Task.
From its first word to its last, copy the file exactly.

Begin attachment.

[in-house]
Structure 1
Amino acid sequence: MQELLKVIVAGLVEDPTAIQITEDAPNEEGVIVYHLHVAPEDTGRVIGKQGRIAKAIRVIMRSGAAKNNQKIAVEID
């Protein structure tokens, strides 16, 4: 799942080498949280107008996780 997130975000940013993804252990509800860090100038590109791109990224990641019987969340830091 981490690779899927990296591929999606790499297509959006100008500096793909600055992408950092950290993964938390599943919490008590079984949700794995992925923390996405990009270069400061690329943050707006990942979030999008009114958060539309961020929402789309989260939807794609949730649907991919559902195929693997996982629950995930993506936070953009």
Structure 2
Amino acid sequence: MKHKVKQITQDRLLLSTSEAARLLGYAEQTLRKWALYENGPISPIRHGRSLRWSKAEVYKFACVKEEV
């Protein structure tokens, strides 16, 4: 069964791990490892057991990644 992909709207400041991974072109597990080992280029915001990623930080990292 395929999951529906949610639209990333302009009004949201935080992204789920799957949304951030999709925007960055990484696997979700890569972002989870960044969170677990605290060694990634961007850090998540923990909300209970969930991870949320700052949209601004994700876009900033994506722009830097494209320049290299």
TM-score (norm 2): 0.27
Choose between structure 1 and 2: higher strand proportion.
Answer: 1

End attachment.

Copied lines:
[in-house]
Structure 1
Amino acid sequence: MQELLKVIVAGLVEDPTAIQITEDAPNEEGVIVYHLHVAPEDTGRVIGKQGRIAKAIRVIMRSGAAKNNQKIAVEID
């Protein structure tokens, strides 16, 4: 799942080498949280107008996780 997130975000940013993804252990509800860090100038590109791109990224990641019987969340830091 981490690779899927990296591929999606790499297509959006100008500096793909600055992408950092950290993964938390599943919490008590079984949700794995992925923390996405990009270069400061690329943050707006990942979030999008009114958060539309961020929402789309989260939807794609949730649907991919559902195929693997996982629950995930993506936070953009």
Structure 2
Amino acid sequence: MKHKVKQITQDRLLLSTSEAARLLGYAEQTLRKWALYENGPISPIRHGRSLRWSKAEVYKFACVKEEV
């Protein structure tokens, strides 16, 4: 069964791990490892057991990644 992909709207400041991974072109597990080992280029915001990623930080990292 395929999951529906949610639209990333302009009004949201935080992204789920799957949304951030999709925007960055990484696997979700890569972002989870960044969170677990605290060694990634961007850090998540923990909300209970969930991870949320700052949209601004994700876009900033994506722009830097494209320049290299």
TM-score (norm 2): 0.27
Choose between structure 1 and 2: higher strand proportion.
Answer: 1